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Messaging is a method of communication between software components or applications. Java Message Service (JMS) API, a Java API, is a Message Oriented Middleware (MOM) API that allows applications to create, send, receive, and read messages using reliable, asynchronous, loosely coupled communication. This approach allows software components to communicate indirectly with each other. Benefits of this message include senders not needing to have precise knowledge of their receivers.
Use Snaps in this Snap Pack to:
- Create JMS messages from incoming JSON documents.
- Fetch the Java Message Service (JMS) messages.
This Snap Pack is tested against:
- JMS version 5.15.0.
- JMS providers
- Apache ActiveMQ v5.15.9
- JBOSS HornetQ v2.4
The JMS specification supports two models:
- Publish and subscribe
In this Section
A point-to-point (PTP) product or application is built on the concept of message queues, senders, and receivers. Each message is addressed to a specific queue, and receiving clients extract messages from the queues established to hold their messages. Queues retain all messages sent to them until the messages are consumed or expire.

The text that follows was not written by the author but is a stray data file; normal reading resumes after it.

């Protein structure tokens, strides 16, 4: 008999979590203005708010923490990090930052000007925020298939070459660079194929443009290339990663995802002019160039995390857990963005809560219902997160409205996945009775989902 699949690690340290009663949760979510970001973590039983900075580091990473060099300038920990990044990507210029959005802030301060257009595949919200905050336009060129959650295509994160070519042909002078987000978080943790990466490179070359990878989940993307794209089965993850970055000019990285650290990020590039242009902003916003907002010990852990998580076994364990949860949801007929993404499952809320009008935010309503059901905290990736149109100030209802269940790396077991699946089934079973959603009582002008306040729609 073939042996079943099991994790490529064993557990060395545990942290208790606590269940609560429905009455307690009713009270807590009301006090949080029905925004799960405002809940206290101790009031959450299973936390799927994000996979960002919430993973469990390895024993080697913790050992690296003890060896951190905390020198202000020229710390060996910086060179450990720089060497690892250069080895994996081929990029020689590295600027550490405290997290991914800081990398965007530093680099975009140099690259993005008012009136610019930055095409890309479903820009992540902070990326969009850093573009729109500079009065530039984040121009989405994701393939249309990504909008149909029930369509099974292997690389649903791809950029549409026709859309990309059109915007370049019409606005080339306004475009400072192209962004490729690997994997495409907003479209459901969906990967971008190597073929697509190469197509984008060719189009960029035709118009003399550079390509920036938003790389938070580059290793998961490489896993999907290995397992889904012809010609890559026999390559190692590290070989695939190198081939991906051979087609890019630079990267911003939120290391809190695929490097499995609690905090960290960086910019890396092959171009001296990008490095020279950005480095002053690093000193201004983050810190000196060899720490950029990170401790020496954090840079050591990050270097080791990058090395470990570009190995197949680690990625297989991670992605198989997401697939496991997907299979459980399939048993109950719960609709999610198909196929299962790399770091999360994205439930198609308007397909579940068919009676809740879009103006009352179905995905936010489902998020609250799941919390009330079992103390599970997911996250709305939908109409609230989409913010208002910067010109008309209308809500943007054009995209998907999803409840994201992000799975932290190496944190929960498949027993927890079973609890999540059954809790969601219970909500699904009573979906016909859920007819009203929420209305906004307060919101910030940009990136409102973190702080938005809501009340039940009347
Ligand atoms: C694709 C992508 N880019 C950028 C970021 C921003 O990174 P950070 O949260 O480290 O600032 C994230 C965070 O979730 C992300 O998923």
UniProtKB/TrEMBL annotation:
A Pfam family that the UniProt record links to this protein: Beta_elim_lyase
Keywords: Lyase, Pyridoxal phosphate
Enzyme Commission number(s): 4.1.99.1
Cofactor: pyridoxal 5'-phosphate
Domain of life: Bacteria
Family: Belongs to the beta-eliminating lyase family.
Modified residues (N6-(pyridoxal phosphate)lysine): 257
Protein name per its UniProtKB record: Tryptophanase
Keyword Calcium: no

PTP messaging has the following characteristics:
- Each message has only one consumer.
- A sender and a receiver of a message have no timing dependencies. The receiver can fetch the message whether or not it was running when the client sent the message.
- The receiver acknowledges the successful processing of a message.
Publish and Subscribe
In a publish/subscribe (pub/sub) product or application, clients address messages to a topic, which functions somewhat like a bulletin board. Publishers and subscribers are generally anonymous and can dynamically publish or subscribe to the content hierarchy. The system takes care of distributing the messages arriving from a topic’s multiple publishers to its multiple subscribers. Topics retain messages only as long as it takes to distribute them to current subscribers.
Pub/sub messaging has the following characteristics:
- Each message can have multiple consumers.
- Publishers and subscribers have a timing dependency. A client that subscribes to a topic can consume only messages published after the client has created a subscription, and the subscriber must continue to be active in order for it to consume messages.
JMS Building Blocks
JMS building blocks consist of:
- Message producers
- Message consumers
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